Yet, rather than resistance to playing my role, with so little agency, in Scalable City‘s system, with my hand on its oversize trackball I experience visual and kinetic pleasure. It feels like playing a computer game, but manages this with no challenge, little choice, and no end. That this can be a pleasure is perhaps what Scalable City most strongly poses as a question regarding our cities and our games.
October 27th, 2008 at 9:34 pm
Something does not need to be a game to be enjoyable to play. Any child knows that given some imagination and possibly a few toys, there are hours of entertainment available.
I would say that Scalable City is by definition a “toy” as opposed to a “game”. Toys are tools for creating our own “games” of imagination. Games have preconceived rules created by the designer (not that we must follow the designer’s rules when playing).
I’d also go on to say that most “sandbox games” are merely playgrounds of toys with a few loose playground rules, and allow the player to play with the toys of their choosing.
October 27th, 2008 at 10:27 pm
Does anyone know the algorithm used to generate the non-intersecting curvilinear roads seen in the toyware’s movie demos? The website’s image gallery has, at the bottom, a picture of “yin-yang roads” that presumably were procedurally generated, not designed. I am curious the algorithm that was able to do that.
October 28th, 2008 at 5:15 pm
The algorithm that generates the curly roads is an L-system with branches made up of Archimedes spirals. The Yin-Yang is something that shows up on occasion. For some time, we were always on the lookout for them to pop up – it is a nice form for the construction/destruction acts that you are the instigator of when you play with the Scalable City.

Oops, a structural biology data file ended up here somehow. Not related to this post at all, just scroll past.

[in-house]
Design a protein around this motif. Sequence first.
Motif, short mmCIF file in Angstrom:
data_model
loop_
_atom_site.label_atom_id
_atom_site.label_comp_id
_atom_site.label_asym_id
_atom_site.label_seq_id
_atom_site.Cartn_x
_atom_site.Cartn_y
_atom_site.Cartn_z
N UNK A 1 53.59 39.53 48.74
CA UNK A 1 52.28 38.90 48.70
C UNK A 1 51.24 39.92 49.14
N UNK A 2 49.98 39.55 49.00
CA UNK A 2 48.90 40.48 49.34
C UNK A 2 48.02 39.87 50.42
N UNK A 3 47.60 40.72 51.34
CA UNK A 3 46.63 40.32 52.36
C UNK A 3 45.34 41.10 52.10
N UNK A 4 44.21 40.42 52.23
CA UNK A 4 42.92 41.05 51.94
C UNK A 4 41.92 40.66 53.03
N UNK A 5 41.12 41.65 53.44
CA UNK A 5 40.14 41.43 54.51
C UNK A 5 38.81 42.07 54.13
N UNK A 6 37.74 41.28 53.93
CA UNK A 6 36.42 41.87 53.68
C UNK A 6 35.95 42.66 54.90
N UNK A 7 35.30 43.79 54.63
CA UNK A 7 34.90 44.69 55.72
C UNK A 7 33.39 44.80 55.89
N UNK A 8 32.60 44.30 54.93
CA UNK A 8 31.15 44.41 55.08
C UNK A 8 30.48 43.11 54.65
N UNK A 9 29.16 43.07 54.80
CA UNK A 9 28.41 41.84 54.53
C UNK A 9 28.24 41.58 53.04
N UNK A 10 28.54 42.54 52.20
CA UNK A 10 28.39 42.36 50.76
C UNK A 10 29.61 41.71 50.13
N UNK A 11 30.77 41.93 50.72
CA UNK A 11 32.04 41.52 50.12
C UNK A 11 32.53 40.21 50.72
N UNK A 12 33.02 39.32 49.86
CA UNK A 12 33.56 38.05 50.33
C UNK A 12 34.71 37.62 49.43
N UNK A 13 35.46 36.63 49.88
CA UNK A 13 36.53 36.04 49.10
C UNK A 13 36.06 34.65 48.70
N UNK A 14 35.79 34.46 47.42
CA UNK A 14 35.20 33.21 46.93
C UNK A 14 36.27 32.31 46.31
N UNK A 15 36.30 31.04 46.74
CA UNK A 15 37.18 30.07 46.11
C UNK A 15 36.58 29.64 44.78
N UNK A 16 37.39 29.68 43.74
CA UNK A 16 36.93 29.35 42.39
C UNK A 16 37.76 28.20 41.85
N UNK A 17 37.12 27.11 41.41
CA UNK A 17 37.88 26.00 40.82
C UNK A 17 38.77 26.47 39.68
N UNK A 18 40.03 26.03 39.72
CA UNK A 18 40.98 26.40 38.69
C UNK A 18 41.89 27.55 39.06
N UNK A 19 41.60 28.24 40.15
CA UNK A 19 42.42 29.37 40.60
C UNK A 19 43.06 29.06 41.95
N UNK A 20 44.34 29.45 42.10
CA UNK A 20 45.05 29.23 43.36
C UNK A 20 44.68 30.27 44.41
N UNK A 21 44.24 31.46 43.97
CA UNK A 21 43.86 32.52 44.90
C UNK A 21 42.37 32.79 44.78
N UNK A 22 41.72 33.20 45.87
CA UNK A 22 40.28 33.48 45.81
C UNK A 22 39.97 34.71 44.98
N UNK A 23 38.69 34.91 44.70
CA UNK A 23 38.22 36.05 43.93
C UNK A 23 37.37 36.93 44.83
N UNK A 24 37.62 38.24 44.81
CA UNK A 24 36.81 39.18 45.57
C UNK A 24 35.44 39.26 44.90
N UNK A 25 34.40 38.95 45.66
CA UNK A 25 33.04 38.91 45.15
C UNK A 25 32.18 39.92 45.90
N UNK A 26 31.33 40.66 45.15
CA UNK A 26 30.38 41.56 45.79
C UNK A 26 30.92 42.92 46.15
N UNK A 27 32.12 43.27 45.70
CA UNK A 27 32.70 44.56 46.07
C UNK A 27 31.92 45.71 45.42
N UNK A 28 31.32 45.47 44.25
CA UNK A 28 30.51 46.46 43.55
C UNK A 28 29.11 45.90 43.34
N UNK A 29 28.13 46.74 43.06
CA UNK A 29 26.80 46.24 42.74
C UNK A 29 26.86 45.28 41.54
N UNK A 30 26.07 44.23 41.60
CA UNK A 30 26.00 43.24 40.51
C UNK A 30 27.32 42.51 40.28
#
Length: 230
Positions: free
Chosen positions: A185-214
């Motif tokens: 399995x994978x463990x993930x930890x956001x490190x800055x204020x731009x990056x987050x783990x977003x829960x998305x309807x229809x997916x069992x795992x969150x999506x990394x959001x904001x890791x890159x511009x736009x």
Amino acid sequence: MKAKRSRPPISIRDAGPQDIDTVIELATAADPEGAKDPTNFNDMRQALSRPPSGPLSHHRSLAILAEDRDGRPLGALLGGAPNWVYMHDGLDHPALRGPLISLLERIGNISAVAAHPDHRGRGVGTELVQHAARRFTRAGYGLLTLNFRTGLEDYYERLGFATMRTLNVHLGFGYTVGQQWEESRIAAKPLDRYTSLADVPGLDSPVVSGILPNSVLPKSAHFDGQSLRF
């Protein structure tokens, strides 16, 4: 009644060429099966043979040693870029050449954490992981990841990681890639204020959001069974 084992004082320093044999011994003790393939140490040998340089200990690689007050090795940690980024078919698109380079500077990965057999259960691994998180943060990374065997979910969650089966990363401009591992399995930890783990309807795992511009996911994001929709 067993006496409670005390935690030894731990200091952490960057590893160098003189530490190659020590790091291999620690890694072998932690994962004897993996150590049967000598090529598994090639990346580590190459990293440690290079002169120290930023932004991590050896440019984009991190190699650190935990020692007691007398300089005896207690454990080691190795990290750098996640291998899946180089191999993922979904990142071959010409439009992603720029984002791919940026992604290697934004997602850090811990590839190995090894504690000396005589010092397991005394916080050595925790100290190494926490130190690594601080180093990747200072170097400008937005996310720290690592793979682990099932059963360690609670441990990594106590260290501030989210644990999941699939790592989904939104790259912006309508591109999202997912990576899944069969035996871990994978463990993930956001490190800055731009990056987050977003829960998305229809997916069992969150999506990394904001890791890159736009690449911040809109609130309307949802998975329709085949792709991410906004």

A comment about the “play” vs. “game” discussion – I aim more for play as an interface – it could also be characterized as wandering – or moving and acting as a kind of perception. The thing about the sandbox being less rule structured the games – it can also be said that the location of the rules differs – sometimes more based on the material properties of objects along with their symbolic suggestions of activities to be mimicked or transgressed or disregarded.
October 29th, 2008 at 11:37 am
Anne, I’m certainly familiar with people talking about software toys — but usually that’s a label applied to something like SimCity, which can be seen as less structured than the average game. I’m interested to hear you apply the term to Scalable City, which I’m describing here as more structured than the average game. Do you have any thoughts about this new (to me) twist on the concept?
Sheldon, thanks for coming by and sharing some algorithm and interface thoughts. On a related note, I’ve also recently heard you say that the new installation includes some road forms that are suggestive of mazes. Of course, the maze is a quite gamelike form (with a winning condition, strategies, etc). Can you say anything about the maze algorithm and/or the shift it might represent in how people engage Scalable City?
November 5th, 2008 at 5:00 pm
The new maze scheme is making explicit the navigation schemes that are implicit in the other road systems- which include an L-system network of Archimedes spirals and grids of varying densities.
I’ve always considered the maze to be the primary spatial logic of game or virtual space.
This maze addition in the Scalable City only sort of suggests “solvability”, in part because it is no easier or harder to navigate then any of the other schemes. For instance, the dense grid city is one of the harder cities to navigate, despite the supposed availability of all paths at all times. It is easy to find oneself taking turns that aren’t intended, and most users adjust their navigation to move with more care. The curly roads, on the other hand, promote very rapid navigation. The maze city scheme is more like the curly roads, it is easy to move quickly, and the visual rewards benefit that approach, while the easy escapes do not punish excessive movement (there are multiple paths through the maze). What is useful, is that the maze reads like maze – so I’m more interested in what it brings symbolically to the road system, rather then operationally.